Peter the Great

LA Kelley Communications: Origins

It sounds like a Marvel movie title, but it’s us! Our
This year, 2015, marks the 25th anniversary
of LA Kelley Communications. How did we get started; what made us do what we
do? How far have we come?
And more amazing, how did we do it without internet or
cell phones?
My son with hemophilia was born in 1987, and there was
no family history of hemophilia. I have six brothers and five maternal uncles;
diabetes runs rampant but not something as rare as hemophilia. A few weird coincidences
surrounded his birth:
It wasn’t planned! We were newlyweds, deep in grad school debt and wedding
debt, and wanted to wait a few years before having a baby. We took precautions. How we got pregnant will always be something of a mystery!
• My son’s father, a scientist, worked at Biogen, on
recombinant factor VIII development. Really.
• The day I went into labor, on Labor Day
appropriately, I knew it was going to be a long haul so I grabbed a big and
favorite book: Peter the Great, by
Robert K. Massie. My mom had given me this book at Christmas, nine months
before, when I didn’t even know I was pregnant, with the comment, “The author’s
son has hemophilia and that’s why he writes about Russian history.” The
delivery room nurses poked fun at me in-between contractions for reading this
epic story: “What do you have, a test in the morning?” they quipped.
Imagine what went through my mind when my son was born
and was circumcised 12 hours later, and the doctor came into my hospital room
scratching his head, saying they had to stitch the wound. “In 30 years I’ve
never seen a child bleed like that before.” Hemophilia,
I thought, just like the author’s son.
Laurie Kelley: big hair of the 80s

I won’t go into all that happened, but suffice to say
we felt utterly alone, powerless, afraid. At least I did. And I really dislike
feeling little control over my life. I had a hard-earned graduate degree, paid
for my own schooling and wedding, with only pennies left, and just landed
finally a good job at an economic forecasting firm. Everything was looking up
to get out of debt and improve our lives. Now this!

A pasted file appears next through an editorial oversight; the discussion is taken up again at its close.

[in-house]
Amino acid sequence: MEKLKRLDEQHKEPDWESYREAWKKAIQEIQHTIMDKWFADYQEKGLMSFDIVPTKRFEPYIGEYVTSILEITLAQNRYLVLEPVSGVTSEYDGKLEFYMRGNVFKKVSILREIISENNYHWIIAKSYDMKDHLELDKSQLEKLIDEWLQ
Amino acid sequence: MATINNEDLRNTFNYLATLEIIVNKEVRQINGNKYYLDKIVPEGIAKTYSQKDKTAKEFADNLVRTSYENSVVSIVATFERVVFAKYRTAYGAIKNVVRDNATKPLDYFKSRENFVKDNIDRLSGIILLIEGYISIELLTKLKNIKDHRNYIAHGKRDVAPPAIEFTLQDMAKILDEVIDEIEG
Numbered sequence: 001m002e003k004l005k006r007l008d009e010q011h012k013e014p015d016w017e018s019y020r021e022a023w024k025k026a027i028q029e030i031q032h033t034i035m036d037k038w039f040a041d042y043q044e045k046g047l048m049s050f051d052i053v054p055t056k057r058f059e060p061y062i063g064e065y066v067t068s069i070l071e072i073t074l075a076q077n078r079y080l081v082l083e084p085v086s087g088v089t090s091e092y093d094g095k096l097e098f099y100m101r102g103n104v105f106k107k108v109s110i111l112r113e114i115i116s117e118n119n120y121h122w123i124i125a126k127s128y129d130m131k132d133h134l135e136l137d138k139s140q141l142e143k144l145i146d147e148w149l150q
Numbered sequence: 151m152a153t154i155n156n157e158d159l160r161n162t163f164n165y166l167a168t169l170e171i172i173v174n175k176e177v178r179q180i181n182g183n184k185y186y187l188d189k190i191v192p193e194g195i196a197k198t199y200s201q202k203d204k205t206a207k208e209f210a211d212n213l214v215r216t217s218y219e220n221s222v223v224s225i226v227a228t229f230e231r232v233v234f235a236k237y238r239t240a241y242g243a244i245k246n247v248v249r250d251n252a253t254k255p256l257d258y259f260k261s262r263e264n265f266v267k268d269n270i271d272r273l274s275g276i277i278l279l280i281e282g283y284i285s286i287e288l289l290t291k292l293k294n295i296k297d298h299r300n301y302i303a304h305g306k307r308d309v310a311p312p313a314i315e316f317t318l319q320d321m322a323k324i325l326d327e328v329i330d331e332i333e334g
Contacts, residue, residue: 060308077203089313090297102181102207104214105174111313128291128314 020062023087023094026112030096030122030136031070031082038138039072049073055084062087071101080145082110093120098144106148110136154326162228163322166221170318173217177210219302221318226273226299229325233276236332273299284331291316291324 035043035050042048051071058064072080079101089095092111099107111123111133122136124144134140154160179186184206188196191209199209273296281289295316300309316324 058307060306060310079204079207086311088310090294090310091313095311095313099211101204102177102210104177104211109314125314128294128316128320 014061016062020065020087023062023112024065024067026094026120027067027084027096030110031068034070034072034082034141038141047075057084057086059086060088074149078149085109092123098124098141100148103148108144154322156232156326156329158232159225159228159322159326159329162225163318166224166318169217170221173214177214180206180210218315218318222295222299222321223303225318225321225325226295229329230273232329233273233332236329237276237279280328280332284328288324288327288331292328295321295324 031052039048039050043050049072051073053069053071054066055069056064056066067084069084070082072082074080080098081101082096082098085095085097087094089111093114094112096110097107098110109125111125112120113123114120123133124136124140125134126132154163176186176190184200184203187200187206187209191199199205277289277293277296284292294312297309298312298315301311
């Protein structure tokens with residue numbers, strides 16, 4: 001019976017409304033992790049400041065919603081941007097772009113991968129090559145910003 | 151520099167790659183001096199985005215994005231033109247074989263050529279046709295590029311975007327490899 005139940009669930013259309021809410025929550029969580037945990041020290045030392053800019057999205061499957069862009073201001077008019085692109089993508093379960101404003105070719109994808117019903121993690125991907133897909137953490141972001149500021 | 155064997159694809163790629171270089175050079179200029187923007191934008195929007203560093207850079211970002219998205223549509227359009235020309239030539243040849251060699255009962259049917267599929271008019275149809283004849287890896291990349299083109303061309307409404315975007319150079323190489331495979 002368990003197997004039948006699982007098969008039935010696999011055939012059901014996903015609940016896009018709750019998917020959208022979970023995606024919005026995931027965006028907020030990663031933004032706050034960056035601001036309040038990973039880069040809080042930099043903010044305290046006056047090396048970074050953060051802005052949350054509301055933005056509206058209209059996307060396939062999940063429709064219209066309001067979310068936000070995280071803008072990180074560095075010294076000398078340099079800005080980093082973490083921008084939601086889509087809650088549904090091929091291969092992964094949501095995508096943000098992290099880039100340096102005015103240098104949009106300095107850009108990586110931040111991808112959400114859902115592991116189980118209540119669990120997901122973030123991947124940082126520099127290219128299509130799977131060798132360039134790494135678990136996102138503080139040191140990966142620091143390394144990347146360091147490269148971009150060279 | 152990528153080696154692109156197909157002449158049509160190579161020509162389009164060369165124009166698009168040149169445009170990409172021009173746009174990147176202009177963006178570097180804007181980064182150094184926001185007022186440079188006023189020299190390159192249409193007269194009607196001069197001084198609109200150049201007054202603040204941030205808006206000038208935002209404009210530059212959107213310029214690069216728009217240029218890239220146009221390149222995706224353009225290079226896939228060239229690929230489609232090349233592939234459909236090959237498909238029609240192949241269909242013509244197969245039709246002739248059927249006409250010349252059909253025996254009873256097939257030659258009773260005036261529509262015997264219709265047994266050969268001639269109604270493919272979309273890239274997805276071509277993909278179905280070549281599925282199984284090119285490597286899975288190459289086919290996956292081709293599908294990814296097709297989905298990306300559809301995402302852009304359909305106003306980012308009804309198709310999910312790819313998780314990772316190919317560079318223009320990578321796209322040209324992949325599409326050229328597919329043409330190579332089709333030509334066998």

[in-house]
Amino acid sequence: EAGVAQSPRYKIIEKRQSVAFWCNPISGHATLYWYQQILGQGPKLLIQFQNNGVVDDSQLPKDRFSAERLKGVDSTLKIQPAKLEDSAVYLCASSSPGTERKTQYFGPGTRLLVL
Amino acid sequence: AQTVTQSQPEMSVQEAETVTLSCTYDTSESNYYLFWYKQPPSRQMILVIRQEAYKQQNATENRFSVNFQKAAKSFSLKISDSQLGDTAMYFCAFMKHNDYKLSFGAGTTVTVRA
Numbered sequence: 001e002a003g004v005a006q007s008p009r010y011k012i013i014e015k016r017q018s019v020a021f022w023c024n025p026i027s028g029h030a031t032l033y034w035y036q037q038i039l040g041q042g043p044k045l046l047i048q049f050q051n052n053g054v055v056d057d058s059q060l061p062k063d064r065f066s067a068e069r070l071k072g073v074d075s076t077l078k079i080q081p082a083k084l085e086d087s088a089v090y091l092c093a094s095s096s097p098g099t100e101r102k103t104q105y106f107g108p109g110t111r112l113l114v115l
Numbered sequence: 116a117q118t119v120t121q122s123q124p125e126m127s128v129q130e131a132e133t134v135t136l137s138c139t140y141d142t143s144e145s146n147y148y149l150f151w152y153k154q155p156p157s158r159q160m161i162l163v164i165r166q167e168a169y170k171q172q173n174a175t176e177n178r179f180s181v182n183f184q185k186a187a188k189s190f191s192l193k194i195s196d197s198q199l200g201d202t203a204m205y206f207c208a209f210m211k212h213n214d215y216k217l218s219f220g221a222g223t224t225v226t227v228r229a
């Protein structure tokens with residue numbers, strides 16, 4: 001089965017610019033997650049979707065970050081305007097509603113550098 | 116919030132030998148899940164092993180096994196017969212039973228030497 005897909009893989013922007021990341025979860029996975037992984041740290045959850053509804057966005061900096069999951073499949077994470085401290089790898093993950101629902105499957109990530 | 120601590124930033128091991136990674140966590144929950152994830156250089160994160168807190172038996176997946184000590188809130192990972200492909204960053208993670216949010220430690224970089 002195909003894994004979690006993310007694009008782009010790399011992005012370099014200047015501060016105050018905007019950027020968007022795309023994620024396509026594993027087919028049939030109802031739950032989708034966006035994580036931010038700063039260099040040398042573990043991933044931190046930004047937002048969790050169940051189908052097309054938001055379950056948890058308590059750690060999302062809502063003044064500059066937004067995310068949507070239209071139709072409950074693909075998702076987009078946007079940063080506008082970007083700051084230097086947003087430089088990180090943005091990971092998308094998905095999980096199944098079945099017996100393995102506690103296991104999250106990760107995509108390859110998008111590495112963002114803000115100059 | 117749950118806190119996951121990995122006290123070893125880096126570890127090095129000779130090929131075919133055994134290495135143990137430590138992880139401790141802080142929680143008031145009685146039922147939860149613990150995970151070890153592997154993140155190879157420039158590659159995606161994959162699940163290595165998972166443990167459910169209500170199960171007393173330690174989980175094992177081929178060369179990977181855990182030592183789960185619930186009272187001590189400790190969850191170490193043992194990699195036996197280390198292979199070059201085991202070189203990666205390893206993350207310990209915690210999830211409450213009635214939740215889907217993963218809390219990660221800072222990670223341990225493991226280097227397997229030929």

We met with the HTC staff in Boston, who were
wonderful. Yet none of them even had children. They couldn’t totally prepare
me for what was to come. They did know a lot about infusions, and that scared
me. Indeed, when our lovely nurse called me on a Friday afternoon to tell me my
son had hemophilia, over the phone (not recommended!), I was so overcome with
fear and sadness, I thought, I know how to handle this. I promptly hung up on
Well, we eventually had our first infusion, first bleed, and knew
to take him to the HTC for infusions. One day, while dressed in my high heels
and red silk dress (this was the 80s, you know) bringing my son to daycare, I
slipped on mulch in the driveway and the baby flew out of my arms. He hit his
head on the driveway and started crying. I started crying. The babysitter
started crying. Off to the HTC.
Hours later, when it was determined he was ok, I felt
drained and scared. When I shared this story at our parents’ support group
meeting, our nurse thought it would be good if I wrote my feelings down, as a
way to handle them. I did, and that started turning into a book, as I wrote
down everything I learned. When my son was 6 months and learning how to stand,
he bit the crib rail and started a frenulum bleed. It stopped! The HTC said to
just monitor overnight.
In the morning, when I went to get him, our son was
standing up in the crib, holding on to the crib rail, bottle in hand. He was
covered in blood. Now, we knew it was from the little frenulum tear, but it
looked so ghastly! All I could see were two little white eyes. Blood seemed
everywhere. We cleaned him up as best we could and wrapped him in a sheet to
sneak him to the car. (We lived in a neighborhood where houses were about two
feet apart). At the hospital, it stopped bleeding again! No factor was given
and we were sent home. But later, a mom of another child with hemophilia asked
if I had give him Amicar. “What’s that?” I asked. She shared that it
neutralized the saliva from breaking down a clot. Had we given it to him when
we first saw the bleed, we might have saved the clot (remember it did stop at
first) and prevented the hospital trip. Not even the doctors had told me that.